Number 5: The next number five was Frankenstudy skills. So basically that was I had to learn how to take notes, how to study, how to show up to class on time, how to do all these things my way. There are so many people that give advice, “Here’s how you use a calendar, and a planner, and the folders, and the three-ring binders.” Some of it worked for me and some didn’t. But what I had to learn was to take the advice that they gave me and pick the parts of it that I liked and apply it to myself and not just say, what I used to do is I’d be like, “Oh, planning doesn’t work for me.” And I would make these stupid excuses, “Oh, yeah, studying doesn’t work for me. Oh, that doesn’t blah blah”. I would have these things and I would just put myself in a position where I’m not able to get anything done. I’m lying to myself, saying it doesn’t work for me because I wanted to give up because it wasn’t easy. I just wanted to do things that were easy. That did not get me anywhere in life. The next one is sacred, oh, you know what, with my own Frankenstudy skills, I learned to tape-record my notes. Not the teacher’s lectures, but my notes, me reading my notes and listening to them. Oh my gosh, I felt like I was cheating. It was so easy. I would hear my notes, and then I could hear them in my head. It was one of the most helpful things ever did. I would draw my notes, I would doodle on my notes, I would make visual reminders for myself. All these things to Frankenstudy and tailor it to myself really worked for me. Drawing my notes, I’m creative and drawing my notes, just drawing and doodling on them really helped me learn faster and easier. My notes did not look like anybody else’s outline notes, like my notes look like a big piece of art and I learned better that way.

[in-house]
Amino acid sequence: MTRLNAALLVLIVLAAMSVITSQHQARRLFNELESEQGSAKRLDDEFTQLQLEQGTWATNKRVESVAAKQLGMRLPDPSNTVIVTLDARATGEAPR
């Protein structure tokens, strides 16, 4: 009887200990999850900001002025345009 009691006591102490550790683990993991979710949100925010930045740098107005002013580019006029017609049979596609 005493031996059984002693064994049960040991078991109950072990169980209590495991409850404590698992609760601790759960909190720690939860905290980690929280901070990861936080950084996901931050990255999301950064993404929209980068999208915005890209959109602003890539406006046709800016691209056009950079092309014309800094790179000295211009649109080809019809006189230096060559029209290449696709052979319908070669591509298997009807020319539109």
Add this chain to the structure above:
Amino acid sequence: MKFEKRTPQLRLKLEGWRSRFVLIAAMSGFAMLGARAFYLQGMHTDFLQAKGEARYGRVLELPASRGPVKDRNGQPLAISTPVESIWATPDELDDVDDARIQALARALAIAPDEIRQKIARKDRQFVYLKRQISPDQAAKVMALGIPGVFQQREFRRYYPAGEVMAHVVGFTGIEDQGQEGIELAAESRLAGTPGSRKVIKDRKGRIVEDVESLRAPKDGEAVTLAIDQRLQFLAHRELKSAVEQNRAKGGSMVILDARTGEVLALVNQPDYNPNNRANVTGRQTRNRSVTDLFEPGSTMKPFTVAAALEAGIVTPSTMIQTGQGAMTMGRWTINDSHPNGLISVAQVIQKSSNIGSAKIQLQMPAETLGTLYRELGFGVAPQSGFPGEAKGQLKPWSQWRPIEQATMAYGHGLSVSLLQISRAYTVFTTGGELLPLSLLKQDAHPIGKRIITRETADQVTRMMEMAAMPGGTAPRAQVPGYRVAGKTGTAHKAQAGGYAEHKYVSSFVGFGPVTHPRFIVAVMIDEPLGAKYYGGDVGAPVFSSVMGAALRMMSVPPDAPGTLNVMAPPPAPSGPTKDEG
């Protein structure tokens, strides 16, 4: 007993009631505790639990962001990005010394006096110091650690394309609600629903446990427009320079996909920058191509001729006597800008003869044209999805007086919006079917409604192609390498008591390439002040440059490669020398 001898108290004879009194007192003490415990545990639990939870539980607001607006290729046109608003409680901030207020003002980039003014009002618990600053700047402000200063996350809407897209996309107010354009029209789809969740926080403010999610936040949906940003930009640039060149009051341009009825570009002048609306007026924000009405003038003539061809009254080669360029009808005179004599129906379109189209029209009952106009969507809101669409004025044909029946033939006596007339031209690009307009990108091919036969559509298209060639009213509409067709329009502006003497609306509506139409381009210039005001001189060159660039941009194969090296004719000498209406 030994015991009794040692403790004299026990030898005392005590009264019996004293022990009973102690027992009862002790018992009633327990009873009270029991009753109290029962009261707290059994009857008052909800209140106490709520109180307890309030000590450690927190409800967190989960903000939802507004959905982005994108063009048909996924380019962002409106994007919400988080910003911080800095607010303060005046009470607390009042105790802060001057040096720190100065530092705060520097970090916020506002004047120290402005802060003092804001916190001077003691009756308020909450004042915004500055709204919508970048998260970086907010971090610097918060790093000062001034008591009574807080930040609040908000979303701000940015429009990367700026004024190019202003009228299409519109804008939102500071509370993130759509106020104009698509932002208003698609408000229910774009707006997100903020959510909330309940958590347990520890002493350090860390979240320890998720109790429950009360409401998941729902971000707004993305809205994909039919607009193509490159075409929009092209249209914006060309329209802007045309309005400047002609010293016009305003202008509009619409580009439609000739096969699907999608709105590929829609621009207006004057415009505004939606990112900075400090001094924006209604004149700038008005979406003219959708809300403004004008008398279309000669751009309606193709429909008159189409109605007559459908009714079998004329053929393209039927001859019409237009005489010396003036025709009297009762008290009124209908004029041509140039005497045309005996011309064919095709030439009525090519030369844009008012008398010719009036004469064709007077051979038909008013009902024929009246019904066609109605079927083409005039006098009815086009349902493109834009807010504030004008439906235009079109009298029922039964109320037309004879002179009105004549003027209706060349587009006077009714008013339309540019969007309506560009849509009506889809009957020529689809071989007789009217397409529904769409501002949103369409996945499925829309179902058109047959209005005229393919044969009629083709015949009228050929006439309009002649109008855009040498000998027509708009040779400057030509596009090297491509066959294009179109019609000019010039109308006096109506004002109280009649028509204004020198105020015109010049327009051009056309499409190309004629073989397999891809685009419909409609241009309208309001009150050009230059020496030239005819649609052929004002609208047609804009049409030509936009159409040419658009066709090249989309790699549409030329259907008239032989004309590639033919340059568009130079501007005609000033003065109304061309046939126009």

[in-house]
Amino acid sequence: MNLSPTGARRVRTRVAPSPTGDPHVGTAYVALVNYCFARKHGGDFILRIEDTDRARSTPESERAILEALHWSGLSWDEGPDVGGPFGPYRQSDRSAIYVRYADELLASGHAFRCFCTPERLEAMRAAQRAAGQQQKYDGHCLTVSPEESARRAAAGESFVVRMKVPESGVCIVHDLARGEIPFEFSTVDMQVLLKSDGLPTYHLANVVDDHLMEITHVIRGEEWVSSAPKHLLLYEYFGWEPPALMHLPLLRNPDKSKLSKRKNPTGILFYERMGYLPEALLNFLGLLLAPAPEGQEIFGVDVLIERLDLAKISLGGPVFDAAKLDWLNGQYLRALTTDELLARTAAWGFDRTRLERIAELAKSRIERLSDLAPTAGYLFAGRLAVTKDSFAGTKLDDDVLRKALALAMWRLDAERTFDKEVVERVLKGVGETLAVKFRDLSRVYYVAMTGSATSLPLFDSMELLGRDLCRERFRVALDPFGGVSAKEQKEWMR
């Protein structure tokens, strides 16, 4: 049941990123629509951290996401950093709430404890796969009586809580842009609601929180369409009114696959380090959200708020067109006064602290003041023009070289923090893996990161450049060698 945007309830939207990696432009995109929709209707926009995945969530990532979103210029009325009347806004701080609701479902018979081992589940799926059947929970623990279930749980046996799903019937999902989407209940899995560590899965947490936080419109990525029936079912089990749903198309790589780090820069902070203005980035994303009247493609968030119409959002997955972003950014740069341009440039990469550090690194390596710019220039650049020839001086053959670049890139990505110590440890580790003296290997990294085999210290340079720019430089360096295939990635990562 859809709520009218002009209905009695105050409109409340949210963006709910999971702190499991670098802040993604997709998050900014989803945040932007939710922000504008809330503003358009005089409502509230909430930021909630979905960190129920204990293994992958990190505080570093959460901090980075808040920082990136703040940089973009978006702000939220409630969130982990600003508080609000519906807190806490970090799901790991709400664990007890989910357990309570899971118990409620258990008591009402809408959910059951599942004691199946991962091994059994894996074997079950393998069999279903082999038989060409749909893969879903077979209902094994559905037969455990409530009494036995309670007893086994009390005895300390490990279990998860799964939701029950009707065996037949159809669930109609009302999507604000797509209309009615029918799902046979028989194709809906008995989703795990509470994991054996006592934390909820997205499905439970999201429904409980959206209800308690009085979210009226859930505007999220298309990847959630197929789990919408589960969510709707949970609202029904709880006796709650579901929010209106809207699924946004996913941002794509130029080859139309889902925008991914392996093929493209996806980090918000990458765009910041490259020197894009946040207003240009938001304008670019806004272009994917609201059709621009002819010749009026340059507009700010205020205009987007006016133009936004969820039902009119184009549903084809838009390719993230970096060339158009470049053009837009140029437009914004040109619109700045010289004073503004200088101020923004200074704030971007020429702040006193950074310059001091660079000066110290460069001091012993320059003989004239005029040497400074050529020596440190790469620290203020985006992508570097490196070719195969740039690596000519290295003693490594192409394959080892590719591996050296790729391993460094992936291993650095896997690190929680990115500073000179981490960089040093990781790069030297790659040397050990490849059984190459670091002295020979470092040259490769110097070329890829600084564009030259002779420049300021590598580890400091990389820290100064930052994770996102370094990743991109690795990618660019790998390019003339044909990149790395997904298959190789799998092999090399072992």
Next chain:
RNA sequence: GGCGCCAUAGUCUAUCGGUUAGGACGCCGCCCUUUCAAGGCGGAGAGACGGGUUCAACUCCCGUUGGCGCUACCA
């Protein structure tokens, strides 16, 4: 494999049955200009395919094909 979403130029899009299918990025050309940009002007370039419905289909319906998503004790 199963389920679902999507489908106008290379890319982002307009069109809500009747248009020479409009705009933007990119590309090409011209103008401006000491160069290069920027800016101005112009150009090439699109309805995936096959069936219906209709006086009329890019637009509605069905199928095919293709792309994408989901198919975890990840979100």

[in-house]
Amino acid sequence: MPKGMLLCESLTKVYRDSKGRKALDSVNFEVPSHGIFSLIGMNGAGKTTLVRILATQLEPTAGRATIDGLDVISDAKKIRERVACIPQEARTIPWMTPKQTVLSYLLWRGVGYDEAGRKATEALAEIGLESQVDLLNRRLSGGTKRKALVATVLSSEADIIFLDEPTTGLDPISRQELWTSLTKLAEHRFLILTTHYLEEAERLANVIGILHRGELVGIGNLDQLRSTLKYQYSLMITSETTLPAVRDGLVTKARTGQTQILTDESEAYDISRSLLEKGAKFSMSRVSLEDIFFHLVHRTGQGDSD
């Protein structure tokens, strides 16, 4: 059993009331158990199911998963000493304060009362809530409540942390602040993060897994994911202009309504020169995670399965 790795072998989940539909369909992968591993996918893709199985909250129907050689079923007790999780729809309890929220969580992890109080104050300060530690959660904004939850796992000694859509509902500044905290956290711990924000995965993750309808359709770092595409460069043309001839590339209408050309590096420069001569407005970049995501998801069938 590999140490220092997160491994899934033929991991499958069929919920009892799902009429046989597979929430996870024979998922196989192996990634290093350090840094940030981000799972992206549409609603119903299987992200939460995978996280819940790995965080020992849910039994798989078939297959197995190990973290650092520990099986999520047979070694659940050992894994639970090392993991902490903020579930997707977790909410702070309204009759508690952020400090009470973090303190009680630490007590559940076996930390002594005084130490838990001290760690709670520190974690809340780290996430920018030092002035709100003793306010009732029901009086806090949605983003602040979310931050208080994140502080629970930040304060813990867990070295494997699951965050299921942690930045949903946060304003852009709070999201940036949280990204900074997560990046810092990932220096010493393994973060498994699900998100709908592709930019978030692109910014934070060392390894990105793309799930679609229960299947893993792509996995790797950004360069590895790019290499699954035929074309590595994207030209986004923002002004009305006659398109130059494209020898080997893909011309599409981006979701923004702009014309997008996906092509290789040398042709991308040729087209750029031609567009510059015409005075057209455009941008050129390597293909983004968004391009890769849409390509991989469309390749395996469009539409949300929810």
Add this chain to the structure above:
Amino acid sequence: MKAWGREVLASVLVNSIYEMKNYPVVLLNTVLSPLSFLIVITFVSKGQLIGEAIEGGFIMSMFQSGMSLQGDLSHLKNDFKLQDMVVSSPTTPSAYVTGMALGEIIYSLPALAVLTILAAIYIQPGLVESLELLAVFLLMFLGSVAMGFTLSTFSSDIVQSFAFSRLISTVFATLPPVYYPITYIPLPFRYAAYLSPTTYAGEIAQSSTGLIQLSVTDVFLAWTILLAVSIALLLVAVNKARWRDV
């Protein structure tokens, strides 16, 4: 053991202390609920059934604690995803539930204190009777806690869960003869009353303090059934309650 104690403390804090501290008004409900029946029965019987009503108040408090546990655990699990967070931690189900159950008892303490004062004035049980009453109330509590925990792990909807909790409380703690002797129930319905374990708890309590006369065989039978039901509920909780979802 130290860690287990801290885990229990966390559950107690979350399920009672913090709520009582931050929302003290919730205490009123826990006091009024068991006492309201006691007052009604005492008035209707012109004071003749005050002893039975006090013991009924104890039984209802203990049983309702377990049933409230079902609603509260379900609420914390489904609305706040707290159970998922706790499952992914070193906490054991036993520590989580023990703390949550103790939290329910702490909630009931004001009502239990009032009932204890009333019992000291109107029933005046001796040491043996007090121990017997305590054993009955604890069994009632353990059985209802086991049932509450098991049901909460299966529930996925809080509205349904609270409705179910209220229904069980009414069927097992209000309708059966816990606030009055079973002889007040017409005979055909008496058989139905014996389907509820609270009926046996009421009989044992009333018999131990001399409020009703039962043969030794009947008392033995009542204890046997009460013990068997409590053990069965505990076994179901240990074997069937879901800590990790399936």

Number 4: Sacred study space skills, number four. I had to build skills to maintain a study space. Right now, I’m sitting at my sacred study space. Literally, I’m at a standing desk, I have my chair, I sometimes stand when I’m working, I have my microphone here, I have my drawer with all my sticky notes, I have whiteboards, I have everything in the sacred study space. It’s clean, I have the lighting I want, I have plants here. I’ve made it mine, I had to learn to create it. I couldn’t just study at the table, I couldn’t study in bed, I couldn’t study on the couch, you know. Because when I did that, I didn’t get anything done and it took me forever. I wanted to get on to doing fun things and really learn how to study. So making a great sacred study space was number four.